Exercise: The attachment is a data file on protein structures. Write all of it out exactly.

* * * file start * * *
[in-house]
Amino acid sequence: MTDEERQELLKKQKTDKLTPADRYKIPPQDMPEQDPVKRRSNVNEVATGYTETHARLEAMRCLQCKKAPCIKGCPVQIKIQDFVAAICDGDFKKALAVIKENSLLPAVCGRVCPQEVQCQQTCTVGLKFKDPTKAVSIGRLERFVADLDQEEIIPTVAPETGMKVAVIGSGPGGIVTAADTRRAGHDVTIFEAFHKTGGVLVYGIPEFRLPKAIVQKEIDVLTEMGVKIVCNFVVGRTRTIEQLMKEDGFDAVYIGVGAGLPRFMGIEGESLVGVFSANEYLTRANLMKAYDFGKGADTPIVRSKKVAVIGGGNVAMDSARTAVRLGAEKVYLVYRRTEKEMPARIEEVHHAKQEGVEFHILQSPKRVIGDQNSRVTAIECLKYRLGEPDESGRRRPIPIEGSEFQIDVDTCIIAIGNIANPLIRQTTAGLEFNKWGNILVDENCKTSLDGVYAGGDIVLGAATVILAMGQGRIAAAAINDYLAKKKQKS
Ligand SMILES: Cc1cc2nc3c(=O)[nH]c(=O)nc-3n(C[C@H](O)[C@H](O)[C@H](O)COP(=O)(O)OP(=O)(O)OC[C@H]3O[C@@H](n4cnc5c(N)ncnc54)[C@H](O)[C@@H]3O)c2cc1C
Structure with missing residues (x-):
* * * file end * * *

[in-house]
Amino acid sequence: MTDEERQELLKKQKTDKLTPADRYKIPPQDMPEQDPVKRRSNVNEVATGYTETHARLEAMRCLQCKKAPCIKGCPVQIKIQDFVAAICDGDFKKALAVIKENSLLPAVCGRVCPQEVQCQQTCTVGLKFKDPTKAVSIGRLERFVADLDQEEIIPTVAPETGMKVAVIGSGPGGIVTAADTRRAGHDVTIFEAFHKTGGVLVYGIPEFRLPKAIVQKEIDVLTEMGVKIVCNFVVGRTRTIEQLMKEDGFDAVYIGVGAGLPRFMGIEGESLVGVFSANEYLTRANLMKAYDFGKGADTPIVRSKKVAVIGGGNVAMDSARTAVRLGAEKVYLVYRRTEKEMPARIEEVHHAKQEGVEFHILQSPKRVIGDQNSRVTAIECLKYRLGEPDESGRRRPIPIEGSEFQIDVDTCIIAIGNIANPLIRQTTAGLEFNKWGNILVDENCKTSLDGVYAGGDIVLGAATVILAMGQGRIAAAAINDYLAKKKQKS
Ligand SMILES: Cc1cc2nc3c(=O)[nH]c(=O)nc-3n(C[C@H](O)[C@H](O)[C@H](O)COP(=O)(O)OP(=O)(O)OC[C@H]3O[C@@H](n4cnc5c(N)ncnc54)[C@H](O)[C@@H]3O)c2cc1C
Structure with missing residues (x-):